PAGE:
One of the lovelyest things about open community development is you can do it from home but you also get to travel to fancy places to meet your fellow devs and share ideas. Lockdowns stopped that for two years but with Akademy last month it felt like open tech life could return to a more fun state. Then came the return of a meeting that had last happened a decade ago, the Ubuntu Summit. A bunch of KDE devs were invited, me (who does KDE neon), Ade (who does Calamares installer), Scarlett (who does Snap packages), Aleix (who does Discover app installers), Harald (KDE neon), Luca (OpenRazor and hangs around KDE).
Unlike the old Ubuntu Developer Summits this wasn’t aimed at planning the next Ubuntu release, they had already spent the last two weeks in the same hotel doing that. This was just a fun sharing of ideas conference where people gave talks and workshops on what they were working on.
Me and Scarlett gave a lightning talk on KDE Snaps and Scarlett gave a workshop on KDE Snaps. KDE has over 100 apps in the Snap store, a great way to get KDE software promptly.
Ade gave a talk about his Calamares distro installer and compared it to Ubuntu’s installer which is being rewritten in Flutter. Harald gave talks on KDE neon and on secrets of KDE Plasma. Aleix spoke about the KDE community and what we do. Ade also talked about KDE Frameworks.
There was plenty of talks on Snaps, it’s how Canonical makes money where it’s used in embedded devices, if you can call a 10 ton steel press an embedded device. Adam Szopa works for KDE and also Canonical and he gave a talk on Linux gaming, I hear Canonical has a whole team just to get gaming working well. Canonical also makes money from Microsoft’s Windows Services for Linux (WSL) and there were a bunch of talks showing this off. Using JuJu to set up servers is another large project Canonical works on which had some talks. Flutter seems very fashionable, a rival to Qt that is gaining attention, it uses the Dart programming language and is designed for mobile devices but Canonical has been working with Google to port it to Linux desktops (using GTK).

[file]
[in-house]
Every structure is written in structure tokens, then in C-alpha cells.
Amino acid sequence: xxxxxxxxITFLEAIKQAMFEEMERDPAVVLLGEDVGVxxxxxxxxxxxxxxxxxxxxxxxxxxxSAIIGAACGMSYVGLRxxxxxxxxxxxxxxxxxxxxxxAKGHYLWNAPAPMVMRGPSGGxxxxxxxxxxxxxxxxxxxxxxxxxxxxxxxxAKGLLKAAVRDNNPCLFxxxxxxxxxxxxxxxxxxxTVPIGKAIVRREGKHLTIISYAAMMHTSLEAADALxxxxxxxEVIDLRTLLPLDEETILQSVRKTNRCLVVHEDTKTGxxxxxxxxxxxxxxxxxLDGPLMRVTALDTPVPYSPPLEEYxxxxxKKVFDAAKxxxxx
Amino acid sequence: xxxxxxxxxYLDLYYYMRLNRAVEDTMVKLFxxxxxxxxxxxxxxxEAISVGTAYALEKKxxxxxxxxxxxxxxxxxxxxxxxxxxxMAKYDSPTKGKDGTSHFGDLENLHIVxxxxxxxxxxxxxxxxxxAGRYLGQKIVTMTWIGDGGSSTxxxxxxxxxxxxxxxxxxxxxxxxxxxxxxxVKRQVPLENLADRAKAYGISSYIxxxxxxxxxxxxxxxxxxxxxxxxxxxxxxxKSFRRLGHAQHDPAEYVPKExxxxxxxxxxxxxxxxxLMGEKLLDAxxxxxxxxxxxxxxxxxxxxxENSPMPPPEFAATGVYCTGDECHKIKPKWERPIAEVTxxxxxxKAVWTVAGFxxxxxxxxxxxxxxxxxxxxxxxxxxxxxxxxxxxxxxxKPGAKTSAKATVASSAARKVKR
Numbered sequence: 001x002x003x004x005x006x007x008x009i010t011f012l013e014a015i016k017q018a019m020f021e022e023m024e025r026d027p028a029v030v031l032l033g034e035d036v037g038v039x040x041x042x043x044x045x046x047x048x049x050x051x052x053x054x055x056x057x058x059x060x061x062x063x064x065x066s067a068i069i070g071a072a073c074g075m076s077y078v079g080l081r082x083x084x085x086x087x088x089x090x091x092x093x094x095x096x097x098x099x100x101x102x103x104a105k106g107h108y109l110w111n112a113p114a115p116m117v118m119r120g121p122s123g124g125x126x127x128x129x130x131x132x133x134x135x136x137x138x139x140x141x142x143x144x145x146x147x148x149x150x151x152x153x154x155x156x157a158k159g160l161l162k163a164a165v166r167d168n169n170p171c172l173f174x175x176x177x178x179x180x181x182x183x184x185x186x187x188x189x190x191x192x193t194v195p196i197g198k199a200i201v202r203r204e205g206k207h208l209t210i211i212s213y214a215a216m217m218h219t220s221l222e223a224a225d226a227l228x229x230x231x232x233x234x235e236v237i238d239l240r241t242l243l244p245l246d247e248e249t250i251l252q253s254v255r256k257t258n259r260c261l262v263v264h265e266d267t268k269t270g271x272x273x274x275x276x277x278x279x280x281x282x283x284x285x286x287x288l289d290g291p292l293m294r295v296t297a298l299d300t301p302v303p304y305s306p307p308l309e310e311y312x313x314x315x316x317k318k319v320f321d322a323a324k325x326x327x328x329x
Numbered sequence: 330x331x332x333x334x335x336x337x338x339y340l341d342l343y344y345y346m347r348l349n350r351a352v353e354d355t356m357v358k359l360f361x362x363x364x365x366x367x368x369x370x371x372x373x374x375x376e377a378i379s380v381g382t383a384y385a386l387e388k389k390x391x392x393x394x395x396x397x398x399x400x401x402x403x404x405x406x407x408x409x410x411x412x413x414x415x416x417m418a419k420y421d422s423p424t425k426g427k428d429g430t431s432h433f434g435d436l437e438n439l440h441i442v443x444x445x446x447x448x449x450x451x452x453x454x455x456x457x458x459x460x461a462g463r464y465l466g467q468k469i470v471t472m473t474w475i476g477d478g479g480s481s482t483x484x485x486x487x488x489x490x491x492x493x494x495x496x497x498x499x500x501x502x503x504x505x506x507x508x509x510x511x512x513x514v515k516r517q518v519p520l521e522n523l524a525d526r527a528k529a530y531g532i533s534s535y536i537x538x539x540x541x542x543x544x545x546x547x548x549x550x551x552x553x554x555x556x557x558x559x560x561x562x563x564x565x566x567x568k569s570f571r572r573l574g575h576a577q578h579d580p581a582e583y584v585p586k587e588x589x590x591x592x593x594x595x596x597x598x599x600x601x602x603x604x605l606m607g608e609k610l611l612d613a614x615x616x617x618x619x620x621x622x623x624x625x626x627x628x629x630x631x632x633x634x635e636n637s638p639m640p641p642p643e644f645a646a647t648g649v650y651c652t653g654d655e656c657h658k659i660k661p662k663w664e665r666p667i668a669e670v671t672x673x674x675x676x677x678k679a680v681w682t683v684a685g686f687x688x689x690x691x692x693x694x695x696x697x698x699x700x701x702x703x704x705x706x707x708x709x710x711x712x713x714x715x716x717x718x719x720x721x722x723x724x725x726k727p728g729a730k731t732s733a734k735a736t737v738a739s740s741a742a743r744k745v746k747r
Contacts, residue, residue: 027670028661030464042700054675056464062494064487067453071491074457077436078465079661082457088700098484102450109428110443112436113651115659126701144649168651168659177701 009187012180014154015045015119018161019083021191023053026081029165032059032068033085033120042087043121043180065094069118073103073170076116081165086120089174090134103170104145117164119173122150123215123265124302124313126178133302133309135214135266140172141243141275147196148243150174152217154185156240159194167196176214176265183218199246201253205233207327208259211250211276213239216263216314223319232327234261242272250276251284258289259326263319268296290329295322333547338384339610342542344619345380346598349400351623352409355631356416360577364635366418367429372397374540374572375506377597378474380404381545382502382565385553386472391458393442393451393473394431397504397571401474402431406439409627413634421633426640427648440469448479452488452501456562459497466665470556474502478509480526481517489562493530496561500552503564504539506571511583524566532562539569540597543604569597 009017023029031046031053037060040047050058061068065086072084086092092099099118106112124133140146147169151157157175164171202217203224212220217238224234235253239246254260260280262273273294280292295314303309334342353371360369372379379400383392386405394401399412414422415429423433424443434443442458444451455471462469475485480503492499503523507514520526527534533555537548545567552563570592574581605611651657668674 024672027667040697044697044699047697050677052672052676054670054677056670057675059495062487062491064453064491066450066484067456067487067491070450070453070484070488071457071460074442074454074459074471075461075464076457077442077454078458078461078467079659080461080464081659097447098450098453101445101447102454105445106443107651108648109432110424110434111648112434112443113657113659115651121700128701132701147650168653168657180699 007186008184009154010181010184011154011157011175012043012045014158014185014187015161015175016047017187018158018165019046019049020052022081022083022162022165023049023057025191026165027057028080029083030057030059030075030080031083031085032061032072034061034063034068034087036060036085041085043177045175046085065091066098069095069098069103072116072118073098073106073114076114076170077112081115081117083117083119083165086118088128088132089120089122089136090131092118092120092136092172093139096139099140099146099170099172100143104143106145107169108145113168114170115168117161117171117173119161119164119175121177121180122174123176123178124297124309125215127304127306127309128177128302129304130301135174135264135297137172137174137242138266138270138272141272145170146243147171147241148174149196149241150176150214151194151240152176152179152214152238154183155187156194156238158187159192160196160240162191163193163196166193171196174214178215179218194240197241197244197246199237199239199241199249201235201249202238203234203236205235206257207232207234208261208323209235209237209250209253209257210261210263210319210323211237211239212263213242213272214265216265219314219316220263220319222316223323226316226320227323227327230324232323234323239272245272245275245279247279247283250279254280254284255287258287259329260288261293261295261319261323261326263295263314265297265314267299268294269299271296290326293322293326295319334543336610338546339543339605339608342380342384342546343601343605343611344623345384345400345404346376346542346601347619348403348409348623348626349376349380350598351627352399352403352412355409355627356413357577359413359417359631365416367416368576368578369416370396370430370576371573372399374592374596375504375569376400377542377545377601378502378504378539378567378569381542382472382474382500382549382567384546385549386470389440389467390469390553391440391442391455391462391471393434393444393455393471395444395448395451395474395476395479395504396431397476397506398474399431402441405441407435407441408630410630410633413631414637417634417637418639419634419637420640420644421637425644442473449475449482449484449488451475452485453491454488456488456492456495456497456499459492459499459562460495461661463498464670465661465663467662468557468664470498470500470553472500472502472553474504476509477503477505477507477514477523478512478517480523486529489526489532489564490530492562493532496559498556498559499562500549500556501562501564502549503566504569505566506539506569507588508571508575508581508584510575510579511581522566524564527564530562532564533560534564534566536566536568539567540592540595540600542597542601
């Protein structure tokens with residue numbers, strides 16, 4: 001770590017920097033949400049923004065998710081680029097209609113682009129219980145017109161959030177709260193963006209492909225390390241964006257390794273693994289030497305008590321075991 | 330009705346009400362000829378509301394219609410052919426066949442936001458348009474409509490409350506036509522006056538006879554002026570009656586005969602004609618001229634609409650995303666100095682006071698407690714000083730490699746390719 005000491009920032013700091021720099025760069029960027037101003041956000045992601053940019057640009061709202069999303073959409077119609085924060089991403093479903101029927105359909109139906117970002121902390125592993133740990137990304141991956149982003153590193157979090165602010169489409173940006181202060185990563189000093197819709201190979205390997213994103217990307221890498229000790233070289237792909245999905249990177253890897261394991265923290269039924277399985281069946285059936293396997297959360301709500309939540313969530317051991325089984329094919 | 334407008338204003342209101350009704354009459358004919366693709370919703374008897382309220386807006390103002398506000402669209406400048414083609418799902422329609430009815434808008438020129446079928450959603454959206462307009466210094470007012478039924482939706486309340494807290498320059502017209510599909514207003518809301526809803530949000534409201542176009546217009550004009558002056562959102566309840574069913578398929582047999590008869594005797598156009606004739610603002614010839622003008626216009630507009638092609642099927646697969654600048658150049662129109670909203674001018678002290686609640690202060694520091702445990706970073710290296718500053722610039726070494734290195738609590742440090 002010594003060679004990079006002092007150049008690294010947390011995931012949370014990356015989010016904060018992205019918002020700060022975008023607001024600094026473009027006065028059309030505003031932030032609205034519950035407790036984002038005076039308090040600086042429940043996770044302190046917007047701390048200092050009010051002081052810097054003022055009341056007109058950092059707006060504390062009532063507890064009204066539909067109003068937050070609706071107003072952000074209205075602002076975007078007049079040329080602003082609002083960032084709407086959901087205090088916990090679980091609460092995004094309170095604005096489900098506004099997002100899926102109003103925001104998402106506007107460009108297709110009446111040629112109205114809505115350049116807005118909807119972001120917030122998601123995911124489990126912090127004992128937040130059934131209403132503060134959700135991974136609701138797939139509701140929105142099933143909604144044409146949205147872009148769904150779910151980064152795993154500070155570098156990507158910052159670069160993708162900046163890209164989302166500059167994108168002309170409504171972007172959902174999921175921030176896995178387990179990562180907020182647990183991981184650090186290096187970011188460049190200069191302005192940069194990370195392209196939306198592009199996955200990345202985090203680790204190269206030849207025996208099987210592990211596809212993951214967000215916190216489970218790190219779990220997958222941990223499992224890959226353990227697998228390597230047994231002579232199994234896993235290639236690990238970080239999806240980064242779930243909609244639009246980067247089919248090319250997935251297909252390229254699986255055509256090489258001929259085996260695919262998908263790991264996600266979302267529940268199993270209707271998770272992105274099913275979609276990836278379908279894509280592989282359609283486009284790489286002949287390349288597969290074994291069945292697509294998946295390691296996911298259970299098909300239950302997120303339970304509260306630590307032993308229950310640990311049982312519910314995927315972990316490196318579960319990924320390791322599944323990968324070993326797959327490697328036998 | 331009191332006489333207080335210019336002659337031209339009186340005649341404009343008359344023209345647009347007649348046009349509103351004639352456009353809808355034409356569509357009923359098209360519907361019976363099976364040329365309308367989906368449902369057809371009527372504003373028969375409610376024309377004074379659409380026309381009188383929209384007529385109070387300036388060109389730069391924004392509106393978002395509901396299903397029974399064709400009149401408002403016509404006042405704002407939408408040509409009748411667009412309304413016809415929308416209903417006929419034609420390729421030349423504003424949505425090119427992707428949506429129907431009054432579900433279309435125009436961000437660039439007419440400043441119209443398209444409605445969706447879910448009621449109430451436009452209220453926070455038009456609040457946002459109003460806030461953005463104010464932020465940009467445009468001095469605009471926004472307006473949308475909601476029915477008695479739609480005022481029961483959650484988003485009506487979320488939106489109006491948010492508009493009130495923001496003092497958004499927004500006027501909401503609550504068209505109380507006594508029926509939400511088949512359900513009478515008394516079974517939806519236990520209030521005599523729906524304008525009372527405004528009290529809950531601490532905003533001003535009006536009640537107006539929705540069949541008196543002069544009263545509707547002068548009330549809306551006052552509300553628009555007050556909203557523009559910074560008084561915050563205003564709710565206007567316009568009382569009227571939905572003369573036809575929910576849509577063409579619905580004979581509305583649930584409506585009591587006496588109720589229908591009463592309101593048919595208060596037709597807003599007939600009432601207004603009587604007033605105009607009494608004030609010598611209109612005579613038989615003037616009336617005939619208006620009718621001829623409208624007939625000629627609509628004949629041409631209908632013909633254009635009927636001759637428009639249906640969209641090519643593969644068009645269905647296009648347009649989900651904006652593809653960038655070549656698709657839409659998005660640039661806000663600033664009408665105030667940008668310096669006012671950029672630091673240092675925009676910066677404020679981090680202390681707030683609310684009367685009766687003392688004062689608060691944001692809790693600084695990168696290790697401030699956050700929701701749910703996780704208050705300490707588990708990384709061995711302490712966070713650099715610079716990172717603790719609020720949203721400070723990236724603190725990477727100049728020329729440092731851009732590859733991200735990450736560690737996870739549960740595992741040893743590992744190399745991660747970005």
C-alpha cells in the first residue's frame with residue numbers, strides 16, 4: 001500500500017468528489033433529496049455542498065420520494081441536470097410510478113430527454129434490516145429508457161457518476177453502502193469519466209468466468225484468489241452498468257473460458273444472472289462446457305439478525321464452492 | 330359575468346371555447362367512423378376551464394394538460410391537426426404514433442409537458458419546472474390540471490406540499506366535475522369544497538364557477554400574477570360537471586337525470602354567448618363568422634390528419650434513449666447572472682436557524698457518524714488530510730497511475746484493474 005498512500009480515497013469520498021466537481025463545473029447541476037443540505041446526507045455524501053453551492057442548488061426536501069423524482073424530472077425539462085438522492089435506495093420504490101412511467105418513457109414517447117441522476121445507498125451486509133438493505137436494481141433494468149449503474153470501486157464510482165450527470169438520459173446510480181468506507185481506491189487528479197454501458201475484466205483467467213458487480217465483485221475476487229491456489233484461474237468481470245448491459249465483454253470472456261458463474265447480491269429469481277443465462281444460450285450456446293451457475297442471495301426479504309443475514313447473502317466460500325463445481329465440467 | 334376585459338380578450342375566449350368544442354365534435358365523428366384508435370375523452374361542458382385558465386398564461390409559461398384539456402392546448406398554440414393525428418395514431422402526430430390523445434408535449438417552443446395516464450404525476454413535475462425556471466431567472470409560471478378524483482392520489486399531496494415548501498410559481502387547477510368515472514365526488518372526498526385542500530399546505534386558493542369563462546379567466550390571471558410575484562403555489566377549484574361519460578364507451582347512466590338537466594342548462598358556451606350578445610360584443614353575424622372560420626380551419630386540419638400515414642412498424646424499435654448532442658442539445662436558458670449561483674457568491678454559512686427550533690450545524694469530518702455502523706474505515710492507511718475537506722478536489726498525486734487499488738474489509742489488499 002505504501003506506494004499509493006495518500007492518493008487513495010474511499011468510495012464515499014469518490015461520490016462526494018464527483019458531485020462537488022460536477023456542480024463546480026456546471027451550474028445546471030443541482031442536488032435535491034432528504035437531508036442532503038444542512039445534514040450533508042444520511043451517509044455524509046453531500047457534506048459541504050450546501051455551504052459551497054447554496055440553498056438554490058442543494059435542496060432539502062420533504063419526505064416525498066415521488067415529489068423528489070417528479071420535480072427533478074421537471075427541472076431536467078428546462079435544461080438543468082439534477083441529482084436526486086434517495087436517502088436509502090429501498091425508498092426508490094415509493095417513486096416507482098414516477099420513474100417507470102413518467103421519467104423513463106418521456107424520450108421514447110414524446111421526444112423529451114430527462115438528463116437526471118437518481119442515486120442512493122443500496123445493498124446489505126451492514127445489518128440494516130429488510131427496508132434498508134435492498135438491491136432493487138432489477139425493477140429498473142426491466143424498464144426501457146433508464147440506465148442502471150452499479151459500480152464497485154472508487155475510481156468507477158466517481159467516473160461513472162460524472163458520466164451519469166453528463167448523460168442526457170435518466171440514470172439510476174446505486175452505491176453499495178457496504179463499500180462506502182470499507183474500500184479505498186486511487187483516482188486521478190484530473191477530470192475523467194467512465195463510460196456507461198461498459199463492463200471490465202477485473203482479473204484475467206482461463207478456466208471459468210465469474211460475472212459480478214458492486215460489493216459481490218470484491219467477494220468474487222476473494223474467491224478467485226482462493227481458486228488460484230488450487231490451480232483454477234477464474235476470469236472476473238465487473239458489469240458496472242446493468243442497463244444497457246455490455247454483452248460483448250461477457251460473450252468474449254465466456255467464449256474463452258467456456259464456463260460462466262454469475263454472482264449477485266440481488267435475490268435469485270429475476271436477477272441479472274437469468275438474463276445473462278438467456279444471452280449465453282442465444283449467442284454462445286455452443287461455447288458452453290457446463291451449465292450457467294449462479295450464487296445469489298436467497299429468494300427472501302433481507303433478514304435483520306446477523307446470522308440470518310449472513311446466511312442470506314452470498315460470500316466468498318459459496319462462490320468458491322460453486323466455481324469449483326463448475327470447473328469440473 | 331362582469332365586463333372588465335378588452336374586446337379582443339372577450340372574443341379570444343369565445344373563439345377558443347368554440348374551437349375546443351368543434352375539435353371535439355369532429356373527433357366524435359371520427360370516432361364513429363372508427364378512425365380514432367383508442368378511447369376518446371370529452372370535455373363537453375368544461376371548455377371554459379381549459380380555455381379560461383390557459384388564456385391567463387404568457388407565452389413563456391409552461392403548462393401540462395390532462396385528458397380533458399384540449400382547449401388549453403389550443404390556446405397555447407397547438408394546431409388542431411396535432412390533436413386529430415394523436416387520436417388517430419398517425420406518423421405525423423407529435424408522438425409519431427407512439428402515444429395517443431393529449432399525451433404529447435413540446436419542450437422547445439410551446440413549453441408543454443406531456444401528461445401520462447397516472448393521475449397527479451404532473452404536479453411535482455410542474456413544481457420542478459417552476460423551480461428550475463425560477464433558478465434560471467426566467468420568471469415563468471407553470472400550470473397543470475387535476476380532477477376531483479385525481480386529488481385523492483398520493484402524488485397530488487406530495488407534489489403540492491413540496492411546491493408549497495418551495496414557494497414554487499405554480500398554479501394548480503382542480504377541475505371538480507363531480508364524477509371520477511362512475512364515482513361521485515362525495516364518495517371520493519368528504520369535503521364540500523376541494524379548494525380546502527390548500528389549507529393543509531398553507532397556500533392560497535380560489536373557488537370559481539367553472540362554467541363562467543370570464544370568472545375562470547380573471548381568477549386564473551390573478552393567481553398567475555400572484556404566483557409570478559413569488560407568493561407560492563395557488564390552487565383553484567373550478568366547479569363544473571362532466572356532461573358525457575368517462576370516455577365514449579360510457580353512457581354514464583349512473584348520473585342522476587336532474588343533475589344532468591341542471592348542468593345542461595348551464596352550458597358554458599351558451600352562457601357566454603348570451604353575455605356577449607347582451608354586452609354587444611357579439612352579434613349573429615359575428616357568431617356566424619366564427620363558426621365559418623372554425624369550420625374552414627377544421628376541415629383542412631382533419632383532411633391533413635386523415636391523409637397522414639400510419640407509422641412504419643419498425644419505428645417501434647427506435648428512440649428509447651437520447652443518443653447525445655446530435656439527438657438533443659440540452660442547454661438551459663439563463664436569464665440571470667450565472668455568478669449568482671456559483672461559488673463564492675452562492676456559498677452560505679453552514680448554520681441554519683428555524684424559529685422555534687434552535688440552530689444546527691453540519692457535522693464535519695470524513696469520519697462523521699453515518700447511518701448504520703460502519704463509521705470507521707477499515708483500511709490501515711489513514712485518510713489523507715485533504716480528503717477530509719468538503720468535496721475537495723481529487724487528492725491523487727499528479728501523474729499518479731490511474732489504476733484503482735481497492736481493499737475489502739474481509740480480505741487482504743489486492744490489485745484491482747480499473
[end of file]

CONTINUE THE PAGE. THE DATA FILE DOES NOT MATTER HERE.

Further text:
It was great to catch up with Erich Eickmeyer who makes Ubuntu Studio and works for Kubuntu Focus selling laptops with Plasma. Ubuntu Studio ships with Plasma of course. I spoke to him about Wayland and he says the next release (for Ubuntu plus Plasma) is looking great for Wayland.
It was also great to meet Simon Quigley (tsimonq2) who does Lubuntu and has worked on Kubuntu. LxQt is a lightweight Linux desktop and probably one of the largest users of KDE Frameworks outside KDE, they use KScreen, KIdleTime, Solid, KWindowSystem and probably other Frameworks.
Canonical is reported to be profitable and hiring (after some “brutal times”) and spirits seem to be good. They have a community team now and are keen to engage.
There were also inspiring talks from e.g. a Zimbabwean developer talking about the challenges of taking software development on donkeys here he lives. Geopolitics is an interesting subject but one aspect I’ve not thought about before is how countries with a coastline can connect their internet directly to the world while countries without such as Zimbabwe are dependent on neighbouring countries to pass it through.
Lorenzo’s Music is an open source band who create on Github using Ubuntu Studio and Kdenlive. They gave a great performance on the river boat cruise under the Charles bridge in Prague.
Thanks to Canonical for sponsoring travel and helping us re-engage.